Terry Brown's Genomes 3 has none of these irritations - everything from the index to page numbers to colour figures is fully and easily accessible.
There is a CD-Rom inserted that has all the figures as PowerPoint and jpeg presentations. Answers to questions posed at the end of every chapter are provided in the appendix, and more detailed guidance is available if you adopt the book and ask. Again, the book is in four sections: "Studying genomes", which has lots of basics and methodology; "Genome anatomy" (all about human, pro, eukaryotic and viral genome organisation); "How genes function" (chromatin, transcription initiation, transcriptome, proteome, and gene regulation); and "How genomes replicate and evolve"
(recombination, repair, mutation, phylogenetics, RNA world, first cells, phylogenetics).
It will have a broad appeal to all levels of biology undergraduates, even the more zoologically inclined, who these days will be unable to avoid learning about molecules. However, even they will be happy with the substantial chapters on evolution, which is afforded considerably more space than in P&T's book.
Which one would I buy? Certainly, for any biology student interested in molecular genetics, Brown cuts the mustard. Having said that, P&T would appeal more to a final-year honours student because the subject matter is a little more advanced than in Brown.
Given how nicely P&T is presented, it's such a pity that a little more attention to detail was not paid to it by the publishers and authors.
Perhaps the next edition of Gene and Genome Technology will become a student favourite.
Finally, Gene Cloning: Principles and Applications by Julia Lodge, Pete Lund and Steve Minchin also landed on my desk. Unlike Genomes 3 and Principles of Gene Manipulation and Genomics (or Gene and Genome Technology if you prefer), this is not a comprehensive text and requires a certain amount of prior knowledge, but nothing more than a second-year undergraduate should command. It begins with basic genome organisation, GC content, CpG islands, chromatin and moves effortlessly into cloning, making and screening libraries, gene tagging, sequencing, bioinformatics, gene expression, transgenic organisms and forensic and medical applications.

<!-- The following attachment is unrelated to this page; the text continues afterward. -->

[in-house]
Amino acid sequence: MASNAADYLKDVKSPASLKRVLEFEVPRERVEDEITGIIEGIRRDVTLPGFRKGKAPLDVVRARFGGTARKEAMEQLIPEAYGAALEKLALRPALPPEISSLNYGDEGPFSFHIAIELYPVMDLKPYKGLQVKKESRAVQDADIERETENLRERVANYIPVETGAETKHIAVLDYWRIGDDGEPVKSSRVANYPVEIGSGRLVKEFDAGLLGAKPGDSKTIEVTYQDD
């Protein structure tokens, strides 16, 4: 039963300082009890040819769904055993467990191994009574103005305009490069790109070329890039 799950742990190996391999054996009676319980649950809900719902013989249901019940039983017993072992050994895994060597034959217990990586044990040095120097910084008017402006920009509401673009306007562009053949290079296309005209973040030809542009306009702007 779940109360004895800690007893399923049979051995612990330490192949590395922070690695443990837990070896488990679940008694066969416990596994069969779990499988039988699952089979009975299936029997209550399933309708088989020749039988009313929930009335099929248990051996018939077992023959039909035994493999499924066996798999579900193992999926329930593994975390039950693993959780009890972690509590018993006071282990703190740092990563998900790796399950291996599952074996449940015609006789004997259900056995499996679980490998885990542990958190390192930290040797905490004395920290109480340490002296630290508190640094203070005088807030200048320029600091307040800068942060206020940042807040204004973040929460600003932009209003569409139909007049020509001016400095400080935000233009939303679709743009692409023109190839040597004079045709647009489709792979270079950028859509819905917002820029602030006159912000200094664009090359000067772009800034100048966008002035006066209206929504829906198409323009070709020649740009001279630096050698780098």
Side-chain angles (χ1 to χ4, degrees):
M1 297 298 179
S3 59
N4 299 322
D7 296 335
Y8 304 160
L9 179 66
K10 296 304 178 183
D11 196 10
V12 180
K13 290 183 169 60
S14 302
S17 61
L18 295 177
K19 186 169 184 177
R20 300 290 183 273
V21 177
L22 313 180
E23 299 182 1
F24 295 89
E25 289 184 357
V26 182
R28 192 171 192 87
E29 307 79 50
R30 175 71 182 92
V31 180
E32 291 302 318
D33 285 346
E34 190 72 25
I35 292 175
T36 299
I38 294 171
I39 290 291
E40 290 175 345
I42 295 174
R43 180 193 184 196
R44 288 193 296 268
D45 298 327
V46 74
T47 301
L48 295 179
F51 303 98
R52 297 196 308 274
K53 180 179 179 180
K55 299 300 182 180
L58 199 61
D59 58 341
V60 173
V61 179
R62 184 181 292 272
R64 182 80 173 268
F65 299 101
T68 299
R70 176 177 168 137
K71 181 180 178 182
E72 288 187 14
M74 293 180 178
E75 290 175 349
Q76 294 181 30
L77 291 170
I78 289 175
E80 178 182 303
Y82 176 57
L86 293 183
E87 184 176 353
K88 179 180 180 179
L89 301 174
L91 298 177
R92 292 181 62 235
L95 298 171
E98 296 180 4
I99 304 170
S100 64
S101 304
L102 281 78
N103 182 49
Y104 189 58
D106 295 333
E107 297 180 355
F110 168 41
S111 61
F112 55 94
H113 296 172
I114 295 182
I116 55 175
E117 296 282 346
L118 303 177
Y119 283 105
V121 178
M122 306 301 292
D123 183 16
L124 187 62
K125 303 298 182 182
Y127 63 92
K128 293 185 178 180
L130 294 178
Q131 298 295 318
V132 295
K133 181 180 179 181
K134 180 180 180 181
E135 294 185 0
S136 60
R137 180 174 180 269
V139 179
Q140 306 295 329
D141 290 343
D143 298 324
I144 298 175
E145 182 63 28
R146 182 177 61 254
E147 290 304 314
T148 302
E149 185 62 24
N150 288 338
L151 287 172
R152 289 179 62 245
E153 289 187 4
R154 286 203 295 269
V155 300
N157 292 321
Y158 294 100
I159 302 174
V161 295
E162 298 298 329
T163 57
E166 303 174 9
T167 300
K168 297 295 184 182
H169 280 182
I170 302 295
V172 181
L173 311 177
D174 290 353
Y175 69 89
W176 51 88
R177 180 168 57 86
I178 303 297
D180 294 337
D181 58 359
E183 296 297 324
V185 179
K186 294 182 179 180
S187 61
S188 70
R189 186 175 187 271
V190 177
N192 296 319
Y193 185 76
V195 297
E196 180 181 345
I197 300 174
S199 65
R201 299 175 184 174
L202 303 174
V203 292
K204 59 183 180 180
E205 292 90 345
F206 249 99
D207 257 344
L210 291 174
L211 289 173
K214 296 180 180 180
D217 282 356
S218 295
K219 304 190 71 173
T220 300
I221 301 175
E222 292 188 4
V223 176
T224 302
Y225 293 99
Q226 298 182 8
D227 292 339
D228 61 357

Had I ever been a practical molecular biologist, this is the book that would reassure me of the principles behind my experiments. Furthermore, if, for example, I wanted to find the transcription starting point of a gene (the position in DNA where a gene starts to be read into mRNA), this would tell me the theory behind how to do it. Thus it is not a lab cookbook or manual, but a very user-friendly and helpful adviser. I was rather impressed with this book and will suggest it as a text, not only for my second and third-year students but also for our MSc molecular genetics course.
Charalambos P. Kyriacou is professor of behavioural genetics, Royal Society, and a Wolfson research fellow.
Principles of Gene Manipulation and Genomics. Seventh Edition
Author - Sandy B. Primrose and Richard M. Twyman
Publisher - Blackwell Publishing
Pages - 644
Price - £29.99
ISBN - 1 4051 3544 1
Register to continue
Get a month's unlimited access to THE content online. Just register and complete your career summary.
Registration is free and only takes a moment. Once registered you can read a total of 3 articles each month, plus:
- Sign up for the editor's highlights
- Receive World University Rankings news first
- Get job alerts, shortlist jobs and save job searches
- Participate in reader discussions and post comments
Or subscribe for unlimited access to:
- Unlimited access to news, views, insights & reviews
- Digital editions
- Digital access to THE’s university and college rankings analysis
Already registered or a current subscriber? Sign in now